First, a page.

Our great great-grandfather, William Pearson, arrived in Port Melbourne on April 4, 1841, aboard the 659-ton John Cooper. The John Cooper sailed from Greenock (on the firth of Clyde, downstream from Glasgow) on September 15, 1840, via Cork (October 29), Lisbon (November 22), and Port Adelaide (March 8, 1841). It is not clear why the arrival of the John Cooper was not reported in the Port Phillip Herald, but fortunately it and its cabin passenger manifest were listed in the Geelong Advertiser on April 10, 1841. Augmented by information contained in the relevant immigrant and shipping lists the John Cooper manifest now assumes vivid clarity:
Master: Captain James Salmon. Officers: Angus Campbell; William Hawthorn; Edward Morrison; Charles R. McKellar (surgeon); and an unknown number of crew.
Cabin passengers: Captain Atkinson with his wife and six children; Mr. Barrett; Mrs. Blair and her daughters Mary and Anne; Mr. Buckingham with his wife and two children; Mr. Boyle; Mr. Campbell; Mr. Davidson; Mr. Fullerton; Miss Pringle; Mr. and Mrs. Spence; Mr. Stevens, Mr. Stewart; Miss Stewart; [Mr.] W. Pearson; [Mr.] H. Pearson; and Mr. Rose.
Intermediate passengers: Mr. Balfour; Mr. Chirnside; Mr. Churter; Mr. Hastie; Mr. Logan; Mr. McDonald; Mr. Mitchell; Mr. Shepherd, Mr. Stewart, and 13 children.
Steerage passengers: Joseph Annand (36) of the County of Banff, his wife Jannette (38), their two sons Joseph (12) and John (3); and their two daughters Bella (8) and Eliza (6); James Bailley (38) of Lancashire, his wife Agnes (38) their two sons John (8) and William (less than 1), and their two daughters Elizabeth (6) and Margaret (3); the sisters Elizabeth (28) and Grace Carmichael (26) of Lanarkshire; Martha Chambers (18); Ellen Fogarty (29) of Morayshire; John Fogarty (18) of Aberdeen (bounty withheld); Robert Hamilton (28) of Lanarkshire (bounty withheld); Robert Jamieson; James Johnston (25) of Fifeshire; Thomas McBoreland (27) of Ayrshire; Michael Larkin (26) of Louth; John Nicol (18); Thomas Robertson (30) of Selkirk; Robert Smith (28) and Beatrice Smith (21) of Aberdeen (brother and sister); Elizabeth Telfer (19) of Douglas, and a further 19 unknown steerage passengers. Nobody died on the voyage.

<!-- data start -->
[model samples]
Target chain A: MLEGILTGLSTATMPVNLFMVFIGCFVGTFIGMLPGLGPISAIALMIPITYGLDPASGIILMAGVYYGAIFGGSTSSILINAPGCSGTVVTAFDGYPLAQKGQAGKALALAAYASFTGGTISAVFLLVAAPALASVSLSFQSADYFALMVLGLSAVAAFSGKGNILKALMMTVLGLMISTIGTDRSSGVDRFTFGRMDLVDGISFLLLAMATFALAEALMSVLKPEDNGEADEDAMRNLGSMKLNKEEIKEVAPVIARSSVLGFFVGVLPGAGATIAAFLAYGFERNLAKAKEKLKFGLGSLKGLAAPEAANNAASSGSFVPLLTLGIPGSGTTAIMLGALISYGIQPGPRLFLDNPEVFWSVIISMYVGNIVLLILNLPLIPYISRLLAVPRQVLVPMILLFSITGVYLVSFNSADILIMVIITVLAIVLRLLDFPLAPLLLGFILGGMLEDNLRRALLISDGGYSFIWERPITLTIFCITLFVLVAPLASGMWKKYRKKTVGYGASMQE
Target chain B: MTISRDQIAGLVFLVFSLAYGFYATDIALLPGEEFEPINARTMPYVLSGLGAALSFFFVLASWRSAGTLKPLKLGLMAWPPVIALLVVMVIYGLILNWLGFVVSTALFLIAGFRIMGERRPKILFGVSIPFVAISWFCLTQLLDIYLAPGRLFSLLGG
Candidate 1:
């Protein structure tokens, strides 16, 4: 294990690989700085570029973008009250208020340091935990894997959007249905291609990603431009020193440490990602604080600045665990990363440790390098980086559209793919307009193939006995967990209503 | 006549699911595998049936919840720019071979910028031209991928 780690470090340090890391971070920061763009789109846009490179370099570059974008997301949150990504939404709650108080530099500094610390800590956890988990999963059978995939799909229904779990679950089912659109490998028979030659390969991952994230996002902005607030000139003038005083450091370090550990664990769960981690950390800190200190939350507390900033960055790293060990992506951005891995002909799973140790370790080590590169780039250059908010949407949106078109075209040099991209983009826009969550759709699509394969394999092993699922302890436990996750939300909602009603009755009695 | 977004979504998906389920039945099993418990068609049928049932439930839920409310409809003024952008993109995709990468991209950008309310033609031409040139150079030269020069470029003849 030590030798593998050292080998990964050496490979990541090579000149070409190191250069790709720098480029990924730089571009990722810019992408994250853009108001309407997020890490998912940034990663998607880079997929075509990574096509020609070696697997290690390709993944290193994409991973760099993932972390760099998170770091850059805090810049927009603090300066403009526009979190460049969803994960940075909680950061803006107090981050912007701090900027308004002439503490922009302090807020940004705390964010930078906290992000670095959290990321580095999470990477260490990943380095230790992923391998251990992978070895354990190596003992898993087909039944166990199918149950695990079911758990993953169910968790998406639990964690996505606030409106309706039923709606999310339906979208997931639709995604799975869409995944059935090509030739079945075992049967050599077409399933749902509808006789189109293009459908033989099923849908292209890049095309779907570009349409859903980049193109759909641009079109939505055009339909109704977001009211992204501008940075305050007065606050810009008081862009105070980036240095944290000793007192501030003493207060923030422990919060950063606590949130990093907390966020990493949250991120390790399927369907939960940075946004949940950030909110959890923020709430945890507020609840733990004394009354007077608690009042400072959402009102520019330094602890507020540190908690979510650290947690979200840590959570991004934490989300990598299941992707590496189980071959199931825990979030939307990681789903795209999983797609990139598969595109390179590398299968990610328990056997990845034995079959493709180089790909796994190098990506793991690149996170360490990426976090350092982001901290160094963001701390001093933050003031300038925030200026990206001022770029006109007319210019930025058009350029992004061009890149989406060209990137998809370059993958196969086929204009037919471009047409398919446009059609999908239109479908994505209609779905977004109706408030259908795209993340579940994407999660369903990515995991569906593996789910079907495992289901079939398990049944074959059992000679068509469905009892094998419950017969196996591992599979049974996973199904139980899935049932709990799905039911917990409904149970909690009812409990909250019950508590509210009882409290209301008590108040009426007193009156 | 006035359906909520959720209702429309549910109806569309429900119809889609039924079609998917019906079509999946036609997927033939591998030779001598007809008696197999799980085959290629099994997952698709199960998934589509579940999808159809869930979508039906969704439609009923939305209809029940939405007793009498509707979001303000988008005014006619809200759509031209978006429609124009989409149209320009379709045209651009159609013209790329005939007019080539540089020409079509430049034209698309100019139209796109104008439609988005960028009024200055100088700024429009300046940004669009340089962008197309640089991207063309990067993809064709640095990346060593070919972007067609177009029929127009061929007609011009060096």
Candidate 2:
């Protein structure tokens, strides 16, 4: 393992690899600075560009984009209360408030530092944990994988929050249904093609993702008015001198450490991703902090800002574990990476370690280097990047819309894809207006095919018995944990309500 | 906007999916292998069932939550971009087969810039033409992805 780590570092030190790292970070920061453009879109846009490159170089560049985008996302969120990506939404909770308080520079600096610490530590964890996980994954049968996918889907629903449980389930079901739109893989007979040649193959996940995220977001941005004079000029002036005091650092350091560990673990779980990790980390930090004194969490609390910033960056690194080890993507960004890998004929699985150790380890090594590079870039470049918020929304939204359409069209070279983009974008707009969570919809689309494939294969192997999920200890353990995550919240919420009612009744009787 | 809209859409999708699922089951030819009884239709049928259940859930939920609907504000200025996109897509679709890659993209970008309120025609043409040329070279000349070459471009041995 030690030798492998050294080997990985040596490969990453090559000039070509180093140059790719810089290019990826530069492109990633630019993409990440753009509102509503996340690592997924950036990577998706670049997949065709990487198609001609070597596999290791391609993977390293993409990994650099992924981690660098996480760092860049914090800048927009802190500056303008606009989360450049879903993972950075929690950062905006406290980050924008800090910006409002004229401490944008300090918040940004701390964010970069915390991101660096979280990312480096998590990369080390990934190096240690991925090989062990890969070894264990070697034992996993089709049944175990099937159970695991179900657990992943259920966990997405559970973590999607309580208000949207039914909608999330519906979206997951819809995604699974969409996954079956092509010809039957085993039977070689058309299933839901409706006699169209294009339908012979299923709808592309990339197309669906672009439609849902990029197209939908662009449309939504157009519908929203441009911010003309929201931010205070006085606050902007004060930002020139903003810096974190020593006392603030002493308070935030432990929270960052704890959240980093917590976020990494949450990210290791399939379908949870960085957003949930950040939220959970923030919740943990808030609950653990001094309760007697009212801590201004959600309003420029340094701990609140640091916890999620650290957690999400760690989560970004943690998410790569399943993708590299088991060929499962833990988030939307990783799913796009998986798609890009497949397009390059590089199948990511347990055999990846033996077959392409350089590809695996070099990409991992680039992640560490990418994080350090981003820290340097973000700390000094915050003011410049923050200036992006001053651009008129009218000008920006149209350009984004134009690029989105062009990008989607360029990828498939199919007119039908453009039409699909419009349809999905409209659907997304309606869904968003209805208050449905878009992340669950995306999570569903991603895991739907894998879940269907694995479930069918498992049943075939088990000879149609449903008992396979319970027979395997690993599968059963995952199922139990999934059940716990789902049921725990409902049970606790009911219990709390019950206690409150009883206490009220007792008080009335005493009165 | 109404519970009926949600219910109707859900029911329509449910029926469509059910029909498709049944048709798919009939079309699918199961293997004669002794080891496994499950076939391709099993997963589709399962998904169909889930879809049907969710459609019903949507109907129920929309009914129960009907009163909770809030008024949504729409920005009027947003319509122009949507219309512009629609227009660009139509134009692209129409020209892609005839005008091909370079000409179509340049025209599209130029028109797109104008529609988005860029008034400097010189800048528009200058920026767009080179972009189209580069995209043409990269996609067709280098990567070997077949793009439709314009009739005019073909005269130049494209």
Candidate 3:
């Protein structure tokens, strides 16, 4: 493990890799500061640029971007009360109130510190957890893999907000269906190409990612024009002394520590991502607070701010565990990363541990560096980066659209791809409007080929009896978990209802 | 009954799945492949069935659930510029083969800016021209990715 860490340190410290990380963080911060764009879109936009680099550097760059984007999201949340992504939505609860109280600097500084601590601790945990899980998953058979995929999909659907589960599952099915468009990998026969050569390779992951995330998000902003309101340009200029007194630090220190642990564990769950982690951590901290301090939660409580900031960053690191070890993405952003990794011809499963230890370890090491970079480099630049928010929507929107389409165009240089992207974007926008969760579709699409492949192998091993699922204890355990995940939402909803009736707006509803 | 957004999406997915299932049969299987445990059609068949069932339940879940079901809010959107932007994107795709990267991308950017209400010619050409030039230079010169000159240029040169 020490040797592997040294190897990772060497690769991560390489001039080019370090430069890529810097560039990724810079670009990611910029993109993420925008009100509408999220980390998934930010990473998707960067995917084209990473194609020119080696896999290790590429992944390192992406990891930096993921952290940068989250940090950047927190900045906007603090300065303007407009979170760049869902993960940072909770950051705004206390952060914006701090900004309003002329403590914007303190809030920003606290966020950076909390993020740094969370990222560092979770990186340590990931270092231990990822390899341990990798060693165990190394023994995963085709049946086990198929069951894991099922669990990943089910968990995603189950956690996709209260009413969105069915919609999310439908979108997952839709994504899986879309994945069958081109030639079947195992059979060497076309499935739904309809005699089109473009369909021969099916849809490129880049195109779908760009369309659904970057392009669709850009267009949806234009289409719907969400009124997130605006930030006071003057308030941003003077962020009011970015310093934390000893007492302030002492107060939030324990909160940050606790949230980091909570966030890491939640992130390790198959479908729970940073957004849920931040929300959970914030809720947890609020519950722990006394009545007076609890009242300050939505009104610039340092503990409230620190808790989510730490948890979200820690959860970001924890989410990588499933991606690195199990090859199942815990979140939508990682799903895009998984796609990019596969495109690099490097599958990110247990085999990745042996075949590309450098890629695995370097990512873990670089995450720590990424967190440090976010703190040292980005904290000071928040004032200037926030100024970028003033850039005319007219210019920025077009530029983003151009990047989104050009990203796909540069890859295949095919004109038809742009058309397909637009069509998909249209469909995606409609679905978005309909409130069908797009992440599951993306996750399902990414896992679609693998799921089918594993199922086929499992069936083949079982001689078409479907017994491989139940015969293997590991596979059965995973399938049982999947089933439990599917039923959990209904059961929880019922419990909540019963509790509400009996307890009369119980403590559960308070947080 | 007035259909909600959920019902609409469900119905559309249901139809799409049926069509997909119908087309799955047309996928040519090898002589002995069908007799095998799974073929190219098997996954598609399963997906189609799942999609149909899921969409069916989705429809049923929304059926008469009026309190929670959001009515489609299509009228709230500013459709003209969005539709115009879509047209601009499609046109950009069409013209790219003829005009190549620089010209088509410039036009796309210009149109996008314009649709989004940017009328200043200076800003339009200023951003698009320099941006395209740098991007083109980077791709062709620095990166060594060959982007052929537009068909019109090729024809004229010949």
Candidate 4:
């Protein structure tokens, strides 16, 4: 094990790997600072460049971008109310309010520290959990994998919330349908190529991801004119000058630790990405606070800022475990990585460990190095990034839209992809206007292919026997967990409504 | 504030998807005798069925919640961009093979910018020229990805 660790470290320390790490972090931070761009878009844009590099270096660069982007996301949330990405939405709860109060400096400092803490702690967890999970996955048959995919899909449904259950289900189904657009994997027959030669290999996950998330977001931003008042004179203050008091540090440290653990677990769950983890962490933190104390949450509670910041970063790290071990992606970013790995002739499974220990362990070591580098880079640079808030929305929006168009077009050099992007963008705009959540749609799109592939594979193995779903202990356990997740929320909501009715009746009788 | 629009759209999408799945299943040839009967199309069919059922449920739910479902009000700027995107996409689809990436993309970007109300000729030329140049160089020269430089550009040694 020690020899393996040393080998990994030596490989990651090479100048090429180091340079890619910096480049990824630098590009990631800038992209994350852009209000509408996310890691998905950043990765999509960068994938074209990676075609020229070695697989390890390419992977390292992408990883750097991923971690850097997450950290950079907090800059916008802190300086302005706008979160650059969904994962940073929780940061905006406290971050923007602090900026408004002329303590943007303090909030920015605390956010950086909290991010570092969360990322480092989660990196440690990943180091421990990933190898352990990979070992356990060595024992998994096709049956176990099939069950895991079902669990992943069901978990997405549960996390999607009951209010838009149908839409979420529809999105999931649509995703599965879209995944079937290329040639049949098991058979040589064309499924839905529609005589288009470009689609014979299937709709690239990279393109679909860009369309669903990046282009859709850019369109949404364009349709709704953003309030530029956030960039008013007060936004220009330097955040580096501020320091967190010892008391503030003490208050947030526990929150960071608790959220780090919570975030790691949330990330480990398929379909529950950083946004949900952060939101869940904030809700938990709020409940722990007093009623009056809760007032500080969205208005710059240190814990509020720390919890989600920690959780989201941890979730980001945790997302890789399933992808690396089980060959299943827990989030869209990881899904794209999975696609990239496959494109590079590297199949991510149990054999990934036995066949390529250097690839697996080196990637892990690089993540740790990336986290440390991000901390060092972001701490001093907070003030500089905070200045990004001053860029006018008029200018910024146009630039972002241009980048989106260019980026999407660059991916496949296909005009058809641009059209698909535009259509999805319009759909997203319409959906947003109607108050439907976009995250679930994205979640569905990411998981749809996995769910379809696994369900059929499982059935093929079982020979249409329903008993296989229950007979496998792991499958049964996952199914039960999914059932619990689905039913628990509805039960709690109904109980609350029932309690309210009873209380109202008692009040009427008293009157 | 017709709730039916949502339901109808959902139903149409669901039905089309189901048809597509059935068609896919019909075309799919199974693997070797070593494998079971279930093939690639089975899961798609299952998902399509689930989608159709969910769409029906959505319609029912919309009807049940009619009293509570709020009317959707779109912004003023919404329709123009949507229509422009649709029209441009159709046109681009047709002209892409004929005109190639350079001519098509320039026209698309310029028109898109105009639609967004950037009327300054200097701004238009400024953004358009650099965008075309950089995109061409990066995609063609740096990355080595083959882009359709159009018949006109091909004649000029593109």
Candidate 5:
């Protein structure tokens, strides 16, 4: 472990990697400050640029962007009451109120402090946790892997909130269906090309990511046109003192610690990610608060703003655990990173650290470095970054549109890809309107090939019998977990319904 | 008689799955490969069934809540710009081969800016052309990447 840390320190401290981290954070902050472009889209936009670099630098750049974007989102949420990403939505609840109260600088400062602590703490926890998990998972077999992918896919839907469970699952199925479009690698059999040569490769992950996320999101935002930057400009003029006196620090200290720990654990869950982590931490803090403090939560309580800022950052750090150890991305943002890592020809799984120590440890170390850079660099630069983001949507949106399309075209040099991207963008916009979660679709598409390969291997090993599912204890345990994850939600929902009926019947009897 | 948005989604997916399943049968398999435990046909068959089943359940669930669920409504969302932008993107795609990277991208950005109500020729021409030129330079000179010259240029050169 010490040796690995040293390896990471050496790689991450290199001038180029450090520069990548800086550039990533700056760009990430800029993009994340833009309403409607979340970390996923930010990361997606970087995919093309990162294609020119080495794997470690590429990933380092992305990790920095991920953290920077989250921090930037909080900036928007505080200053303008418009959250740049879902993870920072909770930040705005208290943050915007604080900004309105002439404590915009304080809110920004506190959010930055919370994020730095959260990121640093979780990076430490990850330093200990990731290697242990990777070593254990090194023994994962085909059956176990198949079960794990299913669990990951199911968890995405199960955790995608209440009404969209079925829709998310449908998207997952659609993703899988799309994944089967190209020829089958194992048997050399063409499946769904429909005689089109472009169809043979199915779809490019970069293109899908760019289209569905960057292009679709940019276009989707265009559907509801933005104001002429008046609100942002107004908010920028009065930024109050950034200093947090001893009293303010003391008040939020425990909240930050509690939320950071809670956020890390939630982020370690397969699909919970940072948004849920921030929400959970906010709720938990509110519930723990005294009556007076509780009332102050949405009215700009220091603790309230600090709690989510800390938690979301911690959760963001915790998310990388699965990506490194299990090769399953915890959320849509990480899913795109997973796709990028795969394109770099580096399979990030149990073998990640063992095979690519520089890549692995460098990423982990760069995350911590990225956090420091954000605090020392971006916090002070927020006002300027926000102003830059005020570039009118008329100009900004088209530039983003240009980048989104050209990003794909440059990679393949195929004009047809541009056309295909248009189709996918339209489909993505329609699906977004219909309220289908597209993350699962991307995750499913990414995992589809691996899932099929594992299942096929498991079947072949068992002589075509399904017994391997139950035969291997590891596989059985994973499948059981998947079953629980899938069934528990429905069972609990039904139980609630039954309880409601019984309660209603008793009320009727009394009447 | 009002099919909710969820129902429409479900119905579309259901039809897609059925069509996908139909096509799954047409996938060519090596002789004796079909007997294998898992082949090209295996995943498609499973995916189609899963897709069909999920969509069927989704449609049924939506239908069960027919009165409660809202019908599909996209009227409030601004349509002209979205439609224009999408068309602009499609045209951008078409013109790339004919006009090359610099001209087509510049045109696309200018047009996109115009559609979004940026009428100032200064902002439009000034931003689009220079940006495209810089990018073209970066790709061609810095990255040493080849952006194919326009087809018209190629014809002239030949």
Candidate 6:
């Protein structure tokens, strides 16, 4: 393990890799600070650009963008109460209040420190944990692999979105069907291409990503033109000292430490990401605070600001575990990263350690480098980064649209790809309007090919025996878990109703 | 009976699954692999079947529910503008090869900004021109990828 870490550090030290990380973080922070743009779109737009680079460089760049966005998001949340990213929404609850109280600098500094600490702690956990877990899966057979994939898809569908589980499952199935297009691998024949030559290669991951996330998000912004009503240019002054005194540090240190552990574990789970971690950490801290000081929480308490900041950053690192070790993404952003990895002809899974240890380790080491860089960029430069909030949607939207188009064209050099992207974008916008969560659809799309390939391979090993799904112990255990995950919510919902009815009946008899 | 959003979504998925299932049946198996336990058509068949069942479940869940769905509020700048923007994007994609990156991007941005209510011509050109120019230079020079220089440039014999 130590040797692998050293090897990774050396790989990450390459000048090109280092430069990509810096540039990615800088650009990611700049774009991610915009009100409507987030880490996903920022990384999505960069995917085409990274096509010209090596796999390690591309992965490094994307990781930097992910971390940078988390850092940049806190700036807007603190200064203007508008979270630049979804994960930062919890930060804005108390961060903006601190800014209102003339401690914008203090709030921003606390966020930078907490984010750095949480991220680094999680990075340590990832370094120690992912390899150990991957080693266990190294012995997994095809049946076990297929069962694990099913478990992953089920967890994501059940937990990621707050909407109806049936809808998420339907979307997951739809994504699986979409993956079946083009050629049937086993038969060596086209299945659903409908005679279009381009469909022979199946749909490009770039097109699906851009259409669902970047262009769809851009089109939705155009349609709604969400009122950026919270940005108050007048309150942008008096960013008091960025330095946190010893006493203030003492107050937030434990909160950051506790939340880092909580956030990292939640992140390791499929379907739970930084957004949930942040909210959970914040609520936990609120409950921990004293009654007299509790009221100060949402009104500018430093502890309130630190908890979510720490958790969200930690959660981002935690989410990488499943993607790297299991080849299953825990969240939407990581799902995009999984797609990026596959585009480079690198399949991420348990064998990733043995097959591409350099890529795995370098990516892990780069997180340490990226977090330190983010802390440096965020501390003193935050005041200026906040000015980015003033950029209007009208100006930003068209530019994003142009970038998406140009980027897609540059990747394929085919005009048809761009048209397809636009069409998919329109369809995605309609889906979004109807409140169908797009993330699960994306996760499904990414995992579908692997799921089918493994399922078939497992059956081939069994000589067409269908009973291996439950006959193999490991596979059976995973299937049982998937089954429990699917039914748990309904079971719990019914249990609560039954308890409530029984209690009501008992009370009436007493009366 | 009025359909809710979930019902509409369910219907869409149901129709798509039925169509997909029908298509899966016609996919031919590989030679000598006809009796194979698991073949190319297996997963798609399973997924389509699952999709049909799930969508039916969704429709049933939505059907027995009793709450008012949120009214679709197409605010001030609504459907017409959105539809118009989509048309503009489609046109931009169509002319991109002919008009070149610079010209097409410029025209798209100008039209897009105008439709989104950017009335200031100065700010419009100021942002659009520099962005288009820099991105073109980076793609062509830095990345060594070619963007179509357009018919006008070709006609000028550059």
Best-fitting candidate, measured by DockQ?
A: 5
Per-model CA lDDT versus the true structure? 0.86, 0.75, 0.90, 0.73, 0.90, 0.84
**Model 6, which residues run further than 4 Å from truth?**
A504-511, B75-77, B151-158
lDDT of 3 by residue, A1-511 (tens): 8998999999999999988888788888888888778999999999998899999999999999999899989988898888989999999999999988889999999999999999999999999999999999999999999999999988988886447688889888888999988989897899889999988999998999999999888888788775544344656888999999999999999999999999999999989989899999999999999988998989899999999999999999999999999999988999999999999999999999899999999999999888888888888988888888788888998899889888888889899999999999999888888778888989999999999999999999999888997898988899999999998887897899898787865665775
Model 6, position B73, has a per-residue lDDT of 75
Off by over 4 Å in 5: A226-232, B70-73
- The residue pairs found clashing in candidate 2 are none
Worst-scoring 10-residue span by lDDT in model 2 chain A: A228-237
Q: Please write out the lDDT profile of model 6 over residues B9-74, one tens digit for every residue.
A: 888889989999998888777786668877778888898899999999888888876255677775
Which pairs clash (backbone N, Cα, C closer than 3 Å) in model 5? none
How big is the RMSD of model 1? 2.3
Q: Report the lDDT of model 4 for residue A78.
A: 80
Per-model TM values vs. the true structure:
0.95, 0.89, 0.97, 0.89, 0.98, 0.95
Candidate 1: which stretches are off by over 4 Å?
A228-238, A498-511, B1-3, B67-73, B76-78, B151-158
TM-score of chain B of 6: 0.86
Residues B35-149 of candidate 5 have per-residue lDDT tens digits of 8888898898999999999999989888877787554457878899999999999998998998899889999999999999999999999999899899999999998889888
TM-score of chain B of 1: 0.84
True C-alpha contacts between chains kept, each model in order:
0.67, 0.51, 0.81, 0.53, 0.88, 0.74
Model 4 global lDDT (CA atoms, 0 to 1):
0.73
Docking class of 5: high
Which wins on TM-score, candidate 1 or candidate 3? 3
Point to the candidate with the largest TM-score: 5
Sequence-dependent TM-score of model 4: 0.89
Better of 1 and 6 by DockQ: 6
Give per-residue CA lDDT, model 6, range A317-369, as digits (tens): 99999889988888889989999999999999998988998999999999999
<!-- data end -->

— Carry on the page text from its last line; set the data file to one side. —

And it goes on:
It was later reported that the John Cooper departed for Sydney a month later, on May 3, 1841, with almost one hundred of “the most wealthy and respectable description, taking out an immense capital in money, besides livestock of valuable kinds,” arriving at Circular Quay nine days later, on May 12.
Of these we know only of Mrs. Blair and her daughters, who bravely continued their immensely long journey, as did Miss Pringle, and Mr. and Mrs. Spence. But they were joined by new or continuing cabin and/or intermediate passengers from Port Melbourne, namely Mr. Stewart, Mr. McDonald, Mr. Fullerton, Mr. Barrett, Mr. Robertson, Mr. Stewart, Mr. Shephard, and a further five steerage passengers. A corporal and three private soldiers of the 28th Regiment and a constable sailed also; they were responsible for escorting seventeen anonymous male and two female convicts.
I would say that the local paper’s estimate of nearly 100 of the “the most wealthy and respectable description, taking out an immense capital in money,” was an exaggeration.